4-H positive youth development in agriculture program connects and impacts communities in Senegal

When it was time to take nominations for officers of the 4-H Positive Youth Development in Agriculture program in the Senegalese village of Toubacouta, one young woman stood out.

As Aida Nathalie Dieng’s hand shot up almost unconsciously to volunteer for the position of president, she spoke in a determined way about why she wanted to serve as the leader of the club in her village, and toward the end of her speech tears began to run down her cheeks.

“Having the opportunity to be heard is empowering, and even moving,” said Kathleen Jamison, professor emerita and Virginia Cooperative Extension specialist in 4-H  youth development.


Senior Virginia Cooperative Extension 4-H Youth Development Agent Ruth Wallace (left) stands with a group of children and adults in Senegal. In March of this year Extension and the 4-H Positive Youth Development in Agriculture Program traveled to the West African nation to scale up programming in the region.

Jamison and her team recently took the mission of Virginia Cooperative Extension’s 4-H Positive Youth Development in Agriculture program to the West African nation with the goal of building ties between children, families, and communities to give individuals the ability to live sustainable and meaningful lives that exemplify 4-H mission goals.

The team completed a series of training workshops in March of this year designed to scale up the programs’ outreach efforts in Toubacouta and throughout the country based on 4-H methodologies.

“4-H provides opportunities for younger members of the community to express themselves and  be heard,” said Jamison. “This is important since young people continue to be an effective way to spread knowledge about new technologies and approaches to problem solving in their own communities.”

Toubacouta, located south of the capital Dakar, is one of three locations where 4-H Youth Development in Agriculture is being established throughout the country. Other locations include St. Louis to the north, and Ziguinchor, a territory which borders Guinea-Bissau.

In Zinguinchor, the teachers were on strike but students who were hungry to learn came anyway.

“Memories of their faces alive with excitement will always be with us,” said Reggie Morris, a 4-H Youth Development Extension agent.

Morris, a unit coordinator and agent based in Alexandria, and Senior Extension Agent Ruth Wallace, based in Buckingham County, helped execute training and programming in Senegal.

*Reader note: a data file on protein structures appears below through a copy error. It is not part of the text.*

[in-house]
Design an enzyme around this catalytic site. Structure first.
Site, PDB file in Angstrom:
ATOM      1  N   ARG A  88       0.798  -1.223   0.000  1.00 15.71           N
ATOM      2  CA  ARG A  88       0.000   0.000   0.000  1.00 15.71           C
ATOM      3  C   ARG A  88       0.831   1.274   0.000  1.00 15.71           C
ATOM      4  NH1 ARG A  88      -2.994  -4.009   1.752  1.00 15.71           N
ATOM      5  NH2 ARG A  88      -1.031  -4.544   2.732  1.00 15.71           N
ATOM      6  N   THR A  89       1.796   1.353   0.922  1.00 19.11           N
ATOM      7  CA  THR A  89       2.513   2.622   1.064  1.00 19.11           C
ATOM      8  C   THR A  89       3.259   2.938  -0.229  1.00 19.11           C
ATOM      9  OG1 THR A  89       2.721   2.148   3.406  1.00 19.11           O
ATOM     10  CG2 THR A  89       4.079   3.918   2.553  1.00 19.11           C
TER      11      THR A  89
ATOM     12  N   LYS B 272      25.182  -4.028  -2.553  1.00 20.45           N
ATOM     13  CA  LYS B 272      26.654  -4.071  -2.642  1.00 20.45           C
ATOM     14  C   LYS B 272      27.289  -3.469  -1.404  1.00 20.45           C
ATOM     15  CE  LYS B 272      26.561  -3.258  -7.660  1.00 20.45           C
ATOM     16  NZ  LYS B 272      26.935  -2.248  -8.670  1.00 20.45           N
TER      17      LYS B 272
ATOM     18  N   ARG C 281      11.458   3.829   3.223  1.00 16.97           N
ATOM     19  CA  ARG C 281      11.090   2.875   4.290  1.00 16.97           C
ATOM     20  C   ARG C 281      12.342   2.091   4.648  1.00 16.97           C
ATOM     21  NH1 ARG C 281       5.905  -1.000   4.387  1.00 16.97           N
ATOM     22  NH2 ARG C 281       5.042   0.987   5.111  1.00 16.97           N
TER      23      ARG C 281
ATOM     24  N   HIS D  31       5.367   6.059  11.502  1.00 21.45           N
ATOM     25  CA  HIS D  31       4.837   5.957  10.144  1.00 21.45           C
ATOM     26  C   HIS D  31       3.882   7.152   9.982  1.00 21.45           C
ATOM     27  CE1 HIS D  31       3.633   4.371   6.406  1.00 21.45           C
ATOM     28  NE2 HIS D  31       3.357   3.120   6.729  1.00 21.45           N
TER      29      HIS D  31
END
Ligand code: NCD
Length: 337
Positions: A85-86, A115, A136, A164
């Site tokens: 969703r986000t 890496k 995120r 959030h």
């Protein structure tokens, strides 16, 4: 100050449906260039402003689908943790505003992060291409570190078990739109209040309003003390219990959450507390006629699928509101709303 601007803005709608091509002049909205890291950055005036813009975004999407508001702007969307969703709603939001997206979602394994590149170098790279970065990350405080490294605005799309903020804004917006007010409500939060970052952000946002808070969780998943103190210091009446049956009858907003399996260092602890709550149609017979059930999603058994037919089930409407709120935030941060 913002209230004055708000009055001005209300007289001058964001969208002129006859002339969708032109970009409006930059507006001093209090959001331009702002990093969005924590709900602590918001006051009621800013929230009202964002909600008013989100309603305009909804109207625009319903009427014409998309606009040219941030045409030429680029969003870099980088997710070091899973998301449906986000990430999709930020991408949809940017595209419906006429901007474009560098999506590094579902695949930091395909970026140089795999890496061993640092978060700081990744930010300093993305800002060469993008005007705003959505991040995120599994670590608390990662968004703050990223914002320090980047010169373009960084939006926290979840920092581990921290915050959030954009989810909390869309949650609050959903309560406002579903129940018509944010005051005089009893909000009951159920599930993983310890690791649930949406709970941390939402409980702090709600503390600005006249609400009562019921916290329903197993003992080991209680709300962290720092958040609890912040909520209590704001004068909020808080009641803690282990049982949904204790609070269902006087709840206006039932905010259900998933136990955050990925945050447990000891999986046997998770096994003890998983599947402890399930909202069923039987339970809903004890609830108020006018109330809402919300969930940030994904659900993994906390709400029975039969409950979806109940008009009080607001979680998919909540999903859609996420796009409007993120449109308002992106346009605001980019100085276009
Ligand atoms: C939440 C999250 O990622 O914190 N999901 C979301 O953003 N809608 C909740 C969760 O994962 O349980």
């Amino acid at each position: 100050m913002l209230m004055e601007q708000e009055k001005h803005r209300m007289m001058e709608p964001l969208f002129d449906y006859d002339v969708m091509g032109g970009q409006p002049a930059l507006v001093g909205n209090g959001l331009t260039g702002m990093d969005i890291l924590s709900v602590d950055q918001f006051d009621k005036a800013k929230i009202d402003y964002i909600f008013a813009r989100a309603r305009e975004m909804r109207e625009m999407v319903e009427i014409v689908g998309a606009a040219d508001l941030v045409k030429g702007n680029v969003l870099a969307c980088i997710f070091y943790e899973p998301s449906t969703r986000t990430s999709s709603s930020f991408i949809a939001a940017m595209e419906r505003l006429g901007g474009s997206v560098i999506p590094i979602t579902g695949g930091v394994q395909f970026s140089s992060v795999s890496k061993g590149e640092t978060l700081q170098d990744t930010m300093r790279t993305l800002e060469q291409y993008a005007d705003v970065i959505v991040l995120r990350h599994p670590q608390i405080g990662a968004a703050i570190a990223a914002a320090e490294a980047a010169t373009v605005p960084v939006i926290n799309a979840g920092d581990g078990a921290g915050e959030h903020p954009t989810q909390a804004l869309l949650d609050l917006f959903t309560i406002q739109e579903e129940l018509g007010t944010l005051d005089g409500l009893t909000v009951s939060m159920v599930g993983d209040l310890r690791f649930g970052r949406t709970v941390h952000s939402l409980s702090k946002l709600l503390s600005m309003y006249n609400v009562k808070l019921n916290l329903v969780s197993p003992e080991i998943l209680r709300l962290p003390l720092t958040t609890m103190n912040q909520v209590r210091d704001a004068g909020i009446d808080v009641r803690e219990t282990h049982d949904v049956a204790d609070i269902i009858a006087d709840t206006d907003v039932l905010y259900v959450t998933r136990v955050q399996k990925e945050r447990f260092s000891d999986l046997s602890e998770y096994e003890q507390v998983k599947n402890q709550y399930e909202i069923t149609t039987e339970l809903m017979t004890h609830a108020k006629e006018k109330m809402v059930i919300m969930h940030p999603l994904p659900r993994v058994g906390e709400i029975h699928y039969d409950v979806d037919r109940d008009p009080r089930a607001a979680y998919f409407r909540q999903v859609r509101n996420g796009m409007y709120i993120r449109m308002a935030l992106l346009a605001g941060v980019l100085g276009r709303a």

“4-H provides consistency regardless of where we do the programming, but we tailor program needs to specific communities,” said Jamison.

For instance children and community members wanted to learn about chickens in one village, while another site wanted to focus on gardening

Officially launched in March 2015, the Positive Youth Development program is designed to motivate “young people to understand agriculture, to become agriculturalists, and to be
involved in family farms and their communities,” said Ozzie Abaye, a professor of crop and soil environmental sciences in the Virginia Tech College of Agriculture and Life Sciences.

The Education in Research and Agriculture-Senegal program, which is led by Virginia Tech’s Office of International Research, Education, and Development, planted the seeds for the scaling up of 4-H. ERA is funded by the U.S. Agency for International Development as part of the Feed the Future initiative.

The program initially got Abaye involved in the region and laying the groundwork for a 4-H presence in Senegal.

“During livestock forage activities parents would accompany their children in the field,” said Abaye. “Our workshops even several years ago were utilizing the tenets of 4-H to strengthen communities here by promoting activities that whole families could perform together. The entire community would turn out. Everyone was very happy that the kids were involved in doing something meaningful.”

Assistant Professor of Agricultural, Leadership, and Community Education Tom Archibald serves as chief of party on the project on the ground in Senegal and is a former 4-H educator himself. Archibald believes the close alignment of mission goals of 4-H philosophies and the ERA program is one reason the program has been so successful.

“In a nutshell, ERA is trying to bring elements of the land-grant model and the Extension model to communities in Senegal,” Archibald said.

Some of those elements include fostering ownership of a project, something Archibald witnessed in the youth who tend the garden that was established as a service-learning project by a Virginia Tech undergraduate.

“The kids set up their own schedule for watering and caring for the garden. It’s a ways out of town, so they have to ride their bikes to get there. The attention to the garden demonstrates youth leadership and taking responsibility,” he said.

Further, this year the president of Senegal, Macky Sall, decreed 2016 to be the year of youth employment and youth entrepreneurship, making the 4-H positive youth development programming an ideal spring board for connecting youth in the region with positive ways to become more involved in their communities.

And currently the enthusiasm in the communities for the programming is overwhelming.

Jamison’s often repeated expression of “Let’s do it!”— an emphatic call to action that punctuated training sessions —  was appropriated by the group’s Senegalese hosts. And though Jamison did not speak French, her hosts gladly translated her expression as “Faisons le!” complete with an exclamation point.


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